They kept us on the battlefield, and we fell out on the side of the road for a rest, while waiting further orders.
During this rest the roll of the battalion was called over, and we found that only forty-six of us survived to answer our names. We still had two officers.
This was the end of the Royal Irish Rifles. The end, at least, of its effectiveness as a fighting unit for the current campaign, and of its identity as a proud unit of the old regular army.
Resisting elegy, Lucy ends his closely-narrated tale of a battalion (but really a company, and a section) with a bitter reference to the greater war: “It was rumoured that our generals were not satisfied, but thought that we might have done better.”
From his position near Zandvoorde, a few miles southeast of Ypres, Julian Grenfell took up the letter he had begun writing to his mother three days previously.
Oct 27–We’ve been in the trenches for 2 days and nights since I started this; but no excitements, except a good dose of shrapnel 3 times a day, which does one no harm , and rather relieves the monotony…
The men are splendid, and as happy as schoolboys. We’ve got plenty of straw at the bottom of the trench, which is better than any feather-bed…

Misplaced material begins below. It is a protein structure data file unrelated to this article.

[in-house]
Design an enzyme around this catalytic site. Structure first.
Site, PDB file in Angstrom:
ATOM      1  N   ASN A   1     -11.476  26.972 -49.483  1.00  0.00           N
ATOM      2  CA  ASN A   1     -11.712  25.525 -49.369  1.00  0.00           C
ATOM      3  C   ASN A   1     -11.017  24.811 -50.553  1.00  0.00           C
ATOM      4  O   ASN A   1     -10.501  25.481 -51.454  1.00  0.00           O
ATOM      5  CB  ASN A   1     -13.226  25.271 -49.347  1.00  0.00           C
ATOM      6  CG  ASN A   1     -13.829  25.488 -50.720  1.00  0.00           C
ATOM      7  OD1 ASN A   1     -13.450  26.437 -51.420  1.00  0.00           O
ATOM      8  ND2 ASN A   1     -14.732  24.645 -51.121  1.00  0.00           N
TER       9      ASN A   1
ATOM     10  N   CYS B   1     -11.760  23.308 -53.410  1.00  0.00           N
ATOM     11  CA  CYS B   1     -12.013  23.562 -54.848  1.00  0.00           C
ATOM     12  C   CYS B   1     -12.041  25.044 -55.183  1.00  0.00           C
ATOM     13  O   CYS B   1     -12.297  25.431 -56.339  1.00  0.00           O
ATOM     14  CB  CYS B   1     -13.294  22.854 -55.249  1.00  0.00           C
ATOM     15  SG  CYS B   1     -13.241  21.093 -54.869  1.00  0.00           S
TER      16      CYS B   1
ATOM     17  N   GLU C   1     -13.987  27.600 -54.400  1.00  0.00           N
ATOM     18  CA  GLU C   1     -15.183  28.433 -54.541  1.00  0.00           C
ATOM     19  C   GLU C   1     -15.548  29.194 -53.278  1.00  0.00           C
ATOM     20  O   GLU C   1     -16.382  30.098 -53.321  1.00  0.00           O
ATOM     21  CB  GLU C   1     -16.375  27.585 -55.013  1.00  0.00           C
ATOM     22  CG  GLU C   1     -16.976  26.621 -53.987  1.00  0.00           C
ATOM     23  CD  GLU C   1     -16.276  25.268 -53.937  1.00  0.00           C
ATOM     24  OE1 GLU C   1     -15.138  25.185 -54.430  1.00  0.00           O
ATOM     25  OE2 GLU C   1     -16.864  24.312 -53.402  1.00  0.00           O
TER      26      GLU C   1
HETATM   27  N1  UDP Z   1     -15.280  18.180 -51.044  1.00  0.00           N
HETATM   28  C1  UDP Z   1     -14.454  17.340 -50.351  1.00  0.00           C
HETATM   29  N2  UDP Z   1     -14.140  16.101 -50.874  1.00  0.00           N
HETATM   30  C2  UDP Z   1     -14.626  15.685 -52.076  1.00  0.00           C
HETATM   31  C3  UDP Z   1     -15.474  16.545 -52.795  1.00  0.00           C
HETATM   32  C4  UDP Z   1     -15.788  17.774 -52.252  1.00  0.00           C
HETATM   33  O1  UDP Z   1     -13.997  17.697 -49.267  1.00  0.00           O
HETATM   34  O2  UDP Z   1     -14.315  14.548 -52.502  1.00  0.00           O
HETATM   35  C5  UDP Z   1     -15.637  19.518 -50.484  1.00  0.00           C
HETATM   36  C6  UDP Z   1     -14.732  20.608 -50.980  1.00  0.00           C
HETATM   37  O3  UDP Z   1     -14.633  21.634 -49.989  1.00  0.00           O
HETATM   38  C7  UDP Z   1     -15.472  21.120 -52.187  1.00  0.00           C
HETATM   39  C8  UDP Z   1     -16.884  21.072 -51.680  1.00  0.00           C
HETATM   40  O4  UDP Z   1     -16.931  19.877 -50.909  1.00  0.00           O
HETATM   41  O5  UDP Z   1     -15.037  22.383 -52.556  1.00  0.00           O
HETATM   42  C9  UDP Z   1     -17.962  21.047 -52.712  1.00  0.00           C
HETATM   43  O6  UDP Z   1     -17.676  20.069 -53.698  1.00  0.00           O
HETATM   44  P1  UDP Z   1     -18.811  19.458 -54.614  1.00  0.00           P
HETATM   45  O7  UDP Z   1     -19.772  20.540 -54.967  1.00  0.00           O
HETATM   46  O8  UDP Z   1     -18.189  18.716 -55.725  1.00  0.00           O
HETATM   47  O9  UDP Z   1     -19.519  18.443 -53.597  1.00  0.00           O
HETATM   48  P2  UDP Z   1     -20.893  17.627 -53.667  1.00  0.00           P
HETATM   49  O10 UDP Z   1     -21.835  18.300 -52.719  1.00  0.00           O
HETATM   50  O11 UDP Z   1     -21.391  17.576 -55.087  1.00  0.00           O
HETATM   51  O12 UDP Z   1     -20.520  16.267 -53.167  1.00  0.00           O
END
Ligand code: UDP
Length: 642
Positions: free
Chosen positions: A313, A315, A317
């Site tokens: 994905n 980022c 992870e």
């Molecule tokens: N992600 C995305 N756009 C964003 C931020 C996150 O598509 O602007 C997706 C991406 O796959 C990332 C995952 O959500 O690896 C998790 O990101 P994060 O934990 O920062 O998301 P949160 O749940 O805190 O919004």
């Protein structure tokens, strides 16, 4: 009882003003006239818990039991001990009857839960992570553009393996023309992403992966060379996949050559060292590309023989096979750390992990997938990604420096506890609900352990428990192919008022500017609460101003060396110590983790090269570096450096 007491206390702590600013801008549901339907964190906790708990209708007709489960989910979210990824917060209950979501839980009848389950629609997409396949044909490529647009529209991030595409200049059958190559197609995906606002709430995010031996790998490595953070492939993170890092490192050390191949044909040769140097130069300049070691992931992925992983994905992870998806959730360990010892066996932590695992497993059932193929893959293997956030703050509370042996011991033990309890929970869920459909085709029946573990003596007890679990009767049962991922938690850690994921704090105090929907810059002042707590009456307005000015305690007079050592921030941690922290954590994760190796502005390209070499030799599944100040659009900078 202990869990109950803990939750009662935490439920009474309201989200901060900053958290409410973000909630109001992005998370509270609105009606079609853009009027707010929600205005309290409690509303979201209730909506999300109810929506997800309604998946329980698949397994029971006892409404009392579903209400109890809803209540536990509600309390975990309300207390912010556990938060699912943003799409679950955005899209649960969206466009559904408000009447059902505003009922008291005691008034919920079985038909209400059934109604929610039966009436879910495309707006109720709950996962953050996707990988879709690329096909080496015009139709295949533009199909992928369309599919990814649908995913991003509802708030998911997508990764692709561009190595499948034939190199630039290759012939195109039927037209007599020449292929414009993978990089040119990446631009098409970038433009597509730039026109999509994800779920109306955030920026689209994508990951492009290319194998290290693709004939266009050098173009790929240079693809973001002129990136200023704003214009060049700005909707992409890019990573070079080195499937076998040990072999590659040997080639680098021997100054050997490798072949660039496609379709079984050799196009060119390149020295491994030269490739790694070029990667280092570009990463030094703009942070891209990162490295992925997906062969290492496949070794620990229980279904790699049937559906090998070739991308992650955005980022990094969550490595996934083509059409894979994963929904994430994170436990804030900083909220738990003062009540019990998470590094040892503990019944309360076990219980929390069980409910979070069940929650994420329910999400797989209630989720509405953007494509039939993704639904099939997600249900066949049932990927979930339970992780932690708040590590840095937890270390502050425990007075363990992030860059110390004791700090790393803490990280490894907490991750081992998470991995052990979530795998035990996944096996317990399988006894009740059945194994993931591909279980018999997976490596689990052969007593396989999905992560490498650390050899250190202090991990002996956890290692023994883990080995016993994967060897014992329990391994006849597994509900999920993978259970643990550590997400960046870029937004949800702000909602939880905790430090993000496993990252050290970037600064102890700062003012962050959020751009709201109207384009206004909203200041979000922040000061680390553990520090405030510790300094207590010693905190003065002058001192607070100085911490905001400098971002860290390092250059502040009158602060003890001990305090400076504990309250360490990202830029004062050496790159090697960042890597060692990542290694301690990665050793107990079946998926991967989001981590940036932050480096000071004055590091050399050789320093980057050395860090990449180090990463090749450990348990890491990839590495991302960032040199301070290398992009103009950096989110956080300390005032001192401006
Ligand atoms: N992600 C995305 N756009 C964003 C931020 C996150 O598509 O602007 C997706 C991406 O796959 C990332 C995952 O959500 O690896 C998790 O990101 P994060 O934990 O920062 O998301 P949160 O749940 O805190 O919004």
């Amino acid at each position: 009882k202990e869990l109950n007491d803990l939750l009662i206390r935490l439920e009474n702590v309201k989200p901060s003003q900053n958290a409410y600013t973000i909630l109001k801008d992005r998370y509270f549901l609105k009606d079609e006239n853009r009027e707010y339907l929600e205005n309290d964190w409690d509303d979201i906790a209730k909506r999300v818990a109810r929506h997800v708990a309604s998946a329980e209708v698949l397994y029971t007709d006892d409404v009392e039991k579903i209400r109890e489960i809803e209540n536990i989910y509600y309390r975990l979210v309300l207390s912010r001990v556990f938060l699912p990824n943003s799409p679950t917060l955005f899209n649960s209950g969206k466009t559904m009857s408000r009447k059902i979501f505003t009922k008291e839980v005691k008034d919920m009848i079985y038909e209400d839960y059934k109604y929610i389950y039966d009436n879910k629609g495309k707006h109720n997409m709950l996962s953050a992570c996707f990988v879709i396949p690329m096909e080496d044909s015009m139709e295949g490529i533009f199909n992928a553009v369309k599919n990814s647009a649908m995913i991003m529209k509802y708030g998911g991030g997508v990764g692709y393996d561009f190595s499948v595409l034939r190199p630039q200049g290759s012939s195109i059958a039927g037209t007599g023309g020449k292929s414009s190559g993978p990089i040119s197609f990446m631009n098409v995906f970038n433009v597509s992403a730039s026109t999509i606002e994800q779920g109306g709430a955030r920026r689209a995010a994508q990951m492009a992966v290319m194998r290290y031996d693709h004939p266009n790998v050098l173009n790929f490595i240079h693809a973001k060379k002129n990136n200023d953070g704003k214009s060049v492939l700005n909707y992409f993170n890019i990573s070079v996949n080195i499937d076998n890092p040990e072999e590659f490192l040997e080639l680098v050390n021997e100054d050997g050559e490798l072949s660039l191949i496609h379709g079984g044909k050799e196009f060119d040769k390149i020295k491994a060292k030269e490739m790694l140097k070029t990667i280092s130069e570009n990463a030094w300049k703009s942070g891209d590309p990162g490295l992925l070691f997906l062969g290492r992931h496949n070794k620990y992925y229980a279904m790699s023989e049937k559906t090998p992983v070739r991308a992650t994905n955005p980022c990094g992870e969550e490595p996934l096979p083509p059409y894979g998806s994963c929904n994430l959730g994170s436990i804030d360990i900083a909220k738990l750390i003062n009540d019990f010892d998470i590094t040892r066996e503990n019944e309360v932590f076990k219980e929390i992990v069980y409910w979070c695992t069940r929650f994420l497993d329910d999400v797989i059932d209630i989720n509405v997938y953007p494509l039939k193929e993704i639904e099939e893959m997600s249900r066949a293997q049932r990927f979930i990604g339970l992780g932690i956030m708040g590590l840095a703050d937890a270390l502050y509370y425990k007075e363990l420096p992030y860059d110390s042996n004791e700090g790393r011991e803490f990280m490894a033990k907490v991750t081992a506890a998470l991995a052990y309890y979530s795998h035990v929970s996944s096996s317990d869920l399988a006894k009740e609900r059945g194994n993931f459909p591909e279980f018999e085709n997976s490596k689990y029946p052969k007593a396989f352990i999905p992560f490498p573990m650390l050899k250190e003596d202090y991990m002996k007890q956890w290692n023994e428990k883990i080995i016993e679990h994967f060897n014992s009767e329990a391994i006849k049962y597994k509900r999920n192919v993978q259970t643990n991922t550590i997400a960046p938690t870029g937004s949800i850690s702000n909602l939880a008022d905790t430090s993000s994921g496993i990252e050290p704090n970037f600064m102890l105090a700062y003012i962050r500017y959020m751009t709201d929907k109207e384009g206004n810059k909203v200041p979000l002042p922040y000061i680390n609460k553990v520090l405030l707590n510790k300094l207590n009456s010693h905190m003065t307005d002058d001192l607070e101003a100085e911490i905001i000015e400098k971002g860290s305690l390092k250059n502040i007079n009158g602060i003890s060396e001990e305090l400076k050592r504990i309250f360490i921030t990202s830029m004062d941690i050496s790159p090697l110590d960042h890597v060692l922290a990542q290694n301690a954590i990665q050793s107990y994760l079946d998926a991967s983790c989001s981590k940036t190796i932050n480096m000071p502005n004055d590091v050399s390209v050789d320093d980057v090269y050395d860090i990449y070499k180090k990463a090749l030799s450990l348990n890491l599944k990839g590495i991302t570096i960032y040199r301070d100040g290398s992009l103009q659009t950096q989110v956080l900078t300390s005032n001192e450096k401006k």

Our first day’s real close-up fighting was Monday 19th… We got into a village… Firing came from a farm in front of us, & then a man came out of it and waved a white flag. I yelled “200–white flag–rapid fire”; but Hardwick stopped me shooting. Then the squadron advanced across root fields towards the farm (dismounted, in open order)–and they opened a sharp fire on us from the farm and the next fields. We took 3 prisoners in the roots, and retired to the horses again. That was our first experience of them–the white flag dodge. We lost 2, and 1 wounded. Then I got leave to make a dash across a field for another farm, where they were sniping at us. I could only get half way. My sergeant was killed, & my corporal hit.
Grenfell and his squadron are pinned down for a half an hour and then manage to retreat. The dead sergeant must be J.H. Measures–dead as a result of Grenfell’s initiative. But then that is how battles are–or used to be–won.
Julian is sober about all this, at first:
I longed to be able to say that I liked it, after all one has heard of being under fire the first time. But it’s bloody. I pretended to myself for a bit that I liked it; but it was no good; it only made one careless and unwatchful and self-absorbed. But when one acknowledged to oneself that it was bloody, one became alright again, and cool.